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October 2011

Reporter: Hope Dougherty

Hope DoughertyHope Toler Dougherty, a former English instructor, has just completed her first Inspirational Romance, Irish Encounter. Her articles have appeared in HomeLife magazine, Pittsburgh Post Gazette, Raleigh News and Observer, and The Writing Center Journal, which won the research award for the North Carolina Association for Supervision and Curriculum Development.

Editor: Tiffany Colter

Tiffany ColterTiffany Colter is owner of Writing Career Coach. Her publishing credits include Charisma, On Mission, and Today’s Christian, in addition to being a columnist for Suspense and a feature writer for Afictionado. She speaks regularly to groups and conferences teaching authors how to make a living at ‘this writing thing’ and businesses how to reach their target market through written communication. Tiffany lives outside Toledo, Ohio, with her husband and four daughters on their hobby farm.


Workshop 13: A Merry Heart: Writing and Selling the Humorous Novel

Janice ThompsonIn her workshop, A Merry Heart: Writing and Selling the Humorous Novel, Janice Hanna Thompson (right), author of the popular Weddings by Bella series and many comedic romance novels, opened her lecture with a quotation from comedian, Bill Cosby. “Through humor, you can soften some of the worst blows that life delivers. And once you find laughter, no matter how painful your situation might be, you can survive it.” 

Janice explained that humor is important because life can be hard. “Comedic words can be exactly the medicine for someone who needs a lift. We need to be funny for the sake of ministering in the way God called us.”

Serious books, Thompson noted, also have room for humor to “loosen up the tension” for readers.

Ten ways to tickle

  1. Create unique characters. Ones readers can genuinely relate to. Throw perfection out the window, make the character flawed, then use that flaw to your advantage.
  2. Diversify your cast.  Characters should have different opinions, lifestyles, personalities, and coping skills. Think of Lucy, Ricky, Ethel, and Fred in I Love Lucy. Those different characters had the perfect potential for conflict, fun, and chaos.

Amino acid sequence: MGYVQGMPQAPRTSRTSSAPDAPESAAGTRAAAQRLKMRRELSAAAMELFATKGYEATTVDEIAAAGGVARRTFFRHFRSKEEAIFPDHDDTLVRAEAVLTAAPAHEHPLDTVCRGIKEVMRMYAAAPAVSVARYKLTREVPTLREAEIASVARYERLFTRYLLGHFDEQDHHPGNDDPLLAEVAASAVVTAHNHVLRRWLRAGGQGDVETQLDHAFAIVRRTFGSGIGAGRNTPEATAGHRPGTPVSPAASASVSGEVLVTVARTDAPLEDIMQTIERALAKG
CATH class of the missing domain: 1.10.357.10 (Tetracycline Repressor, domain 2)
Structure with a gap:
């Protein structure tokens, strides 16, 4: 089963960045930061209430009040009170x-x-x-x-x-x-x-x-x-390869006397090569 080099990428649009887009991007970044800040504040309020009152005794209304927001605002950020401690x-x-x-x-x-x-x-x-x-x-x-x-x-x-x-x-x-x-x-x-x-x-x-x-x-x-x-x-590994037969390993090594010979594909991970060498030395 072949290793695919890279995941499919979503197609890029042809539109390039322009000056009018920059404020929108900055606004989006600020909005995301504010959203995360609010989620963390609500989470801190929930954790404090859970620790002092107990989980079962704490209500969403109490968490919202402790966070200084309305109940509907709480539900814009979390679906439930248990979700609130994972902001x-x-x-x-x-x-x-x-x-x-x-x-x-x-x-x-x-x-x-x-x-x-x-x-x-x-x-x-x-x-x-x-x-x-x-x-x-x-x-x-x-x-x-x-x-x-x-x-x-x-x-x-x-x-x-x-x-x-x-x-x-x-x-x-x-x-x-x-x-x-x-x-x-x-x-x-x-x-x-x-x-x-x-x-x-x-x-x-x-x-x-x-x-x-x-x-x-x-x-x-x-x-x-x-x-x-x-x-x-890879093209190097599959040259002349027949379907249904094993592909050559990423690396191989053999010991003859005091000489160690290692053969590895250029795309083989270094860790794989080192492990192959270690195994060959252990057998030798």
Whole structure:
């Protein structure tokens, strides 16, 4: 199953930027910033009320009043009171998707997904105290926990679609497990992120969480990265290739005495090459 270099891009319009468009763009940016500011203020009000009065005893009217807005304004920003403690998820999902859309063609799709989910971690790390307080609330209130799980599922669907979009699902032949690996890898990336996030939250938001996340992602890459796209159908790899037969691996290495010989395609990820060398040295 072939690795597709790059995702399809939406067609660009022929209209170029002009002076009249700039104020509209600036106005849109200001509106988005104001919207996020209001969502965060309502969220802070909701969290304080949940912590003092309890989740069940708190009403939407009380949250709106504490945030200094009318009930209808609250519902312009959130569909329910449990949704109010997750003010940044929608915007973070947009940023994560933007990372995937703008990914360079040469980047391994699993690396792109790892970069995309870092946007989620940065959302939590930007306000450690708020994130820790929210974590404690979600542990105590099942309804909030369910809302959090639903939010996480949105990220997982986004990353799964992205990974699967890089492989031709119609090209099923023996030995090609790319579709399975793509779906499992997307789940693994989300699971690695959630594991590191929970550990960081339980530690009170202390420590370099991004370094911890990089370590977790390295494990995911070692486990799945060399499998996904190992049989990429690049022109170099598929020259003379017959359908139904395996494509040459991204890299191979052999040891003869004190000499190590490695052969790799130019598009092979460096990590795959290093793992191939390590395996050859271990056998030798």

3. Use exaggeration. Study people around you, then exaggerate the high and low points. Remember Anne Shirley in Anne of Green Gables. She wasn’t simply sad; she experienced the “depths of despair.” “Don’t let your characters be average,” Thompson said.
  4. Use situational comedy. Put your character into a scene from real life that will play out in a funny way. Make your characters vulnerable in the silly situation so that readers will empathize with them.
  5. Use slapstick. Consider the Three Stooges. Tripping over things and other physical gags are funny, but use them sparingly.
  6. Work in threes. Think of jokes: “Three nuns walked into a bar…” Use three funny characters as a trio or three funny situations in a row.
  7. Be aware of pacing. If the movement is too slow, the reader comes out of the story. Keep the story moving in comedy.
  8. Don’t forget the punch line. Leave the reader anticipating a “Wow!” and give it at the right time.
  9. Do the opposite thing. Place characters in scenes, then have them do the opposite of what the reader expects.
  10. Live the life. Finding joy isn’t always easy, but for those who live a life of faith, it’s possible.

Thompson reminded listeners of Proverbs 17:22, “A merry heart doeth good like a medicine, but a broken spirit drieth the bones,” and Nehemiah 8:10, “…the joy of the Lord is your strength.”

She implored audience members to “share joy with others because joy is like an ointment. When we transfer joy to the page, others benefit.” Janice closed with the suggestion that writers “ask God to imbibe you with His joy, then let that joy come out onto the page.”

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